Since my mother likes to use smaller beets (small enough to be quartered or halved) for her relish trays, I’d set those lovely little specimens aside so we could process them together as to keep track of them. The larger beets got halved or quartered with an effort to keep some consistency in size.

Our family recipe is as basic as it gets for pickling. Some folks like to add some extras…and they’re good too! You might want to consider bundling some of your favorite pickling friendly spices like cinnamon & whole cloves or caraway seeds black peppercorns into a cheesecloth spice bag. Allow spices to infuse into the brine during cooking, but remove the bag before adding the beets.

Here is the Brine Recipe that my Mother got from her Mother.

The amount of brine you’ll need will depend on the size of your beets – more specifically, the amount of space in the jar that isn’t occupied by the beets.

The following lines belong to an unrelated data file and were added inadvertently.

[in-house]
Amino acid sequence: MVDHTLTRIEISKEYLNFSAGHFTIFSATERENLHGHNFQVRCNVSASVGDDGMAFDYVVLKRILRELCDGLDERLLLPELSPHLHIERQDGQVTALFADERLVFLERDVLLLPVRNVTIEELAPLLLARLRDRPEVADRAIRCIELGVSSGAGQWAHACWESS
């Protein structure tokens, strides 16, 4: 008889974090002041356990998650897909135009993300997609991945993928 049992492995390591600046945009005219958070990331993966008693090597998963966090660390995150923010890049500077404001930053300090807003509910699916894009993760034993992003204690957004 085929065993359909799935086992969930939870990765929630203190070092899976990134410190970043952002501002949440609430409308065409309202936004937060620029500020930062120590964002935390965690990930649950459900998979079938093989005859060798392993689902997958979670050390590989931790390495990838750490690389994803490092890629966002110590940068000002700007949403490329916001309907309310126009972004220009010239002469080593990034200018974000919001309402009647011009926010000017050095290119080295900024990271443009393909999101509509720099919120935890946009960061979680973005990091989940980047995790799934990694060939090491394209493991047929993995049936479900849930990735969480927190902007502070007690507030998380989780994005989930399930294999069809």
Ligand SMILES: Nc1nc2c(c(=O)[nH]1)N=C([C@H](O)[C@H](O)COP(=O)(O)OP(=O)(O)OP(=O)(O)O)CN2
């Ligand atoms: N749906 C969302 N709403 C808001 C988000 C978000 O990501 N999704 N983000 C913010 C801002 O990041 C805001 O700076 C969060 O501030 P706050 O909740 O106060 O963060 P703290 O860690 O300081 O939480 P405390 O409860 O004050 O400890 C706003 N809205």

• 3 Cups Red Beet Water (the water in which the beets were initially cooked)
  • 1 Cup Vinegar
  • 1 tsp Salt
  • 1 Cup Sugar
  • Pepper is optional
  1. Use our 4th Burner Pot (or a large pitcher) to mix batches of the brine. This makes it easy to add to the beets in your kettle as needed and to top off jars during filling.4th Burner Pot Pickling Brine Measurements
  2. In a large kettle bring the brine and the prepped beets to a boil; allow to boil 15 minutes.
  3. With a slotted spoon, ladle the beets into hot jars, allowing a generous 1/2 inch headspace.
  4. Ladle the hot brine into the jar, over the beets. Remove any air bubbles and adjust headspace if needed.
  5. Wipe rim, carefully center lid on the jar, apply ring and finger-tip tighten.